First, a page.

- Dr. Tom Catena, Surgeon at the Mother of Mercy Hospital in the Nuba Mountains, Sudan – A Catholic missionary and doctor who for nearly a decade remains the only permanent doctor to treat the remote and war-torn region’s half-million population, performing more than 1,000 operations each year.
- Mr. Muhammad Darwish, Medical Doctor at the Madaya Field Hospital, Syria – A student of dentistry returned to his hometown and took on the full responsibilities of a medical doctor, began to perform medical procedures, offered care and maintained meticulous documentation of the conditions of patients, many of them children, affected by persisting violence, thus bringing international attention to the besieged area.
- Dr. Denis Mukwege, Gynecological Surgeon and Founder of the Panzi Hospital, The Democratic Republic of the Congo – An obstetrician turned gynecological surgeon who is providing physical, psychological and legal support to more than 50,000 survivors of sexual violence in the war-torn country while fearlessly seeking to bring to justice those responsible.
2016 Aurora Prize
- Marguerite Barankitse, from Maison Shalom and REMA Hospital in Burundi, saved thousands of lives and cared for orphans and refugees during the years of civil war in Burundi. When war broke out, Barankitse, a Tutsi, tried to hide 72 of her closest Hutu neighbors to keep them safe from persecution. They were discovered and executed, whilst Barankitse was forced to watch. Following this gruesome incident, she started her work saving and caring for children and refugees.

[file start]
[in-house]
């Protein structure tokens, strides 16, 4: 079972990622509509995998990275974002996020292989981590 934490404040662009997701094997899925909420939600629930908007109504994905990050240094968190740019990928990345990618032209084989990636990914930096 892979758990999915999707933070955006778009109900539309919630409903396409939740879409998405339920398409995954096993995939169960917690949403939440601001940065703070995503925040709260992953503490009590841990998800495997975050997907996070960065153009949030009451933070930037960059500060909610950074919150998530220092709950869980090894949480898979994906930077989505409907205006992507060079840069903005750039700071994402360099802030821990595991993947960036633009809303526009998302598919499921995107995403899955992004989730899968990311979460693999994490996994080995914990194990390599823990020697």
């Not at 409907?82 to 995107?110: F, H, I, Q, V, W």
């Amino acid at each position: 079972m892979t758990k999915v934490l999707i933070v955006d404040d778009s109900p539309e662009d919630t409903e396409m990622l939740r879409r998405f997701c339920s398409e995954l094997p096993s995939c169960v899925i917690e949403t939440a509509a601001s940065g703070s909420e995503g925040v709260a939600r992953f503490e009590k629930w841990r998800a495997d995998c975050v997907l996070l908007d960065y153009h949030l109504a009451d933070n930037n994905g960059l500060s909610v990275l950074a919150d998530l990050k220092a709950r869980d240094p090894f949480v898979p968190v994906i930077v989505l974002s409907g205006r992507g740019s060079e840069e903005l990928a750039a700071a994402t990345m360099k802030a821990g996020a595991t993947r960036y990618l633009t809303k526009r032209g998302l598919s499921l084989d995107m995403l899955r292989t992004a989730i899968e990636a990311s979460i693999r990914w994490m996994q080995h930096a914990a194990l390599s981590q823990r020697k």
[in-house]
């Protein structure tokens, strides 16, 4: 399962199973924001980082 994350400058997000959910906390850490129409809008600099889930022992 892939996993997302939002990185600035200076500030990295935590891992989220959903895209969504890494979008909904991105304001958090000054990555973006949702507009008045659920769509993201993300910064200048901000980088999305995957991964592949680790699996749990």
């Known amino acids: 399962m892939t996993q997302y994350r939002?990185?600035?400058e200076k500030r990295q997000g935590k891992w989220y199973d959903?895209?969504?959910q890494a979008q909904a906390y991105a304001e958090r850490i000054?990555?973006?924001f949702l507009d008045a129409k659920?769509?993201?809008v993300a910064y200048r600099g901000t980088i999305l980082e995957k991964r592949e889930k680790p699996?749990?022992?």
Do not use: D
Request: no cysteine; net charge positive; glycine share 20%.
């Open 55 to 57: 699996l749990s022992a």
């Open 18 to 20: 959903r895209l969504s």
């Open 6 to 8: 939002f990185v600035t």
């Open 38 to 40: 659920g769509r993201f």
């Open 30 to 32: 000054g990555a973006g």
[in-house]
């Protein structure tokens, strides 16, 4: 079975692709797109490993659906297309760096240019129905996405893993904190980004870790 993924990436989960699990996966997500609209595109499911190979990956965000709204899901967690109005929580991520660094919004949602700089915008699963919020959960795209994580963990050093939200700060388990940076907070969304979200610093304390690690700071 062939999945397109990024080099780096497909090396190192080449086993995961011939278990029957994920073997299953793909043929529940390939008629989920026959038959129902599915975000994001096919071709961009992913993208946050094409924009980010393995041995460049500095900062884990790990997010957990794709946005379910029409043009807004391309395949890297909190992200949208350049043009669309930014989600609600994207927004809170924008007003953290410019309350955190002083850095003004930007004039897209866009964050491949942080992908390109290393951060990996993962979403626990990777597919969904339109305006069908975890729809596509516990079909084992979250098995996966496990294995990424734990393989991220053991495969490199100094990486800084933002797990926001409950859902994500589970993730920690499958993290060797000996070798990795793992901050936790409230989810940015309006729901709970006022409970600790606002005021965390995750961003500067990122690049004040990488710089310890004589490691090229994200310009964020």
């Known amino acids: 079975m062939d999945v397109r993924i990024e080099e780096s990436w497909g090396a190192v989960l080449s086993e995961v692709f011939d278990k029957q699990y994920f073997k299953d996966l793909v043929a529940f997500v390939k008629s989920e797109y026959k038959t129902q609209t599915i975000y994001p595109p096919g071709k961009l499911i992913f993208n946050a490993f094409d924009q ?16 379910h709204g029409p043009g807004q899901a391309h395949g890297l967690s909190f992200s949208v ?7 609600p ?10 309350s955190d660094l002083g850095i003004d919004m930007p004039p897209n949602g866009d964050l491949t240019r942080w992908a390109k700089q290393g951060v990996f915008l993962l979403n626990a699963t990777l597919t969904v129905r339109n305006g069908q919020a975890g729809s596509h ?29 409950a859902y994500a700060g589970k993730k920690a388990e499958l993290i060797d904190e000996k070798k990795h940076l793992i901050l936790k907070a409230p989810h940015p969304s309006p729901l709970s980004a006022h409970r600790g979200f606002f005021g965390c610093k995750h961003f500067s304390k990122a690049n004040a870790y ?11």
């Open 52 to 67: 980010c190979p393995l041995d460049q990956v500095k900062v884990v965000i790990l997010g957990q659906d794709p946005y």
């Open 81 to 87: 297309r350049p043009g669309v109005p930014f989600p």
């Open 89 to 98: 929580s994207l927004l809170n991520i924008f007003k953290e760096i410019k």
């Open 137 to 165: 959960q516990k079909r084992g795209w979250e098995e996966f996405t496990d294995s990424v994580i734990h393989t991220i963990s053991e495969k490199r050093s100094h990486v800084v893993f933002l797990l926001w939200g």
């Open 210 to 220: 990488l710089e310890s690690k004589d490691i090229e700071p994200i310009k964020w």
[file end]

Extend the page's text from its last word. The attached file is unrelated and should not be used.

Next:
- Dr. Tom Catena, the sole doctor at Mother of Mercy Hospital in the Nuba Mountains in Sudan. An American physician, Dr. Catena is the only doctor permanently based near the country’s border with South Sudan, and is therefore responsible for serving over 500,000 people in the region. Despite several bombings by the Sudanese government, Dr. Catena resides on the hospital grounds so that he may be on call at all times. In 2017, Dr. Catena was nominated for the Aurora Prize for the second time and became the Aurora Prize Laureate.
- Syeda Ghulam Fatima has worked tirelessly to eradicate bonded labor, one of the last remaining forms of modern slavery. Fatima is the general secretary of the Bonded Labour Liberation Front Pakistan (BLLF), which has liberated thousands of Pakistani workers, including approximately 21,000 children, who were forced to work for brick kiln owners in order to repay debts. Fatima has survived attempts on her life and repeated beatings during the course of her activism.
- Father Bernard Kinvi left his home country of Lome, Togo to Bossemptele, a small town just inside the border of the Central African Republic, to head a Catholic mission. In 2012, civil war broke out in the Central African Republic between Muslim Seleka rebels and the anti-balaka Christian militia. Amidst the violence, Father Kinvi’s mission provided refuge and health services to those on both sides of the conflict, saving hundreds of people from persecution and death.
The 2022 Aurora Prize for Awakening Humanity was awarded to Jamila Afghani, an educator, human rights defender, and founder of the Noor Educational and Capacity Development Organization (NECDO). Jamila has dedicated over 25 years of her life to giving the women of Afghanistan access to education.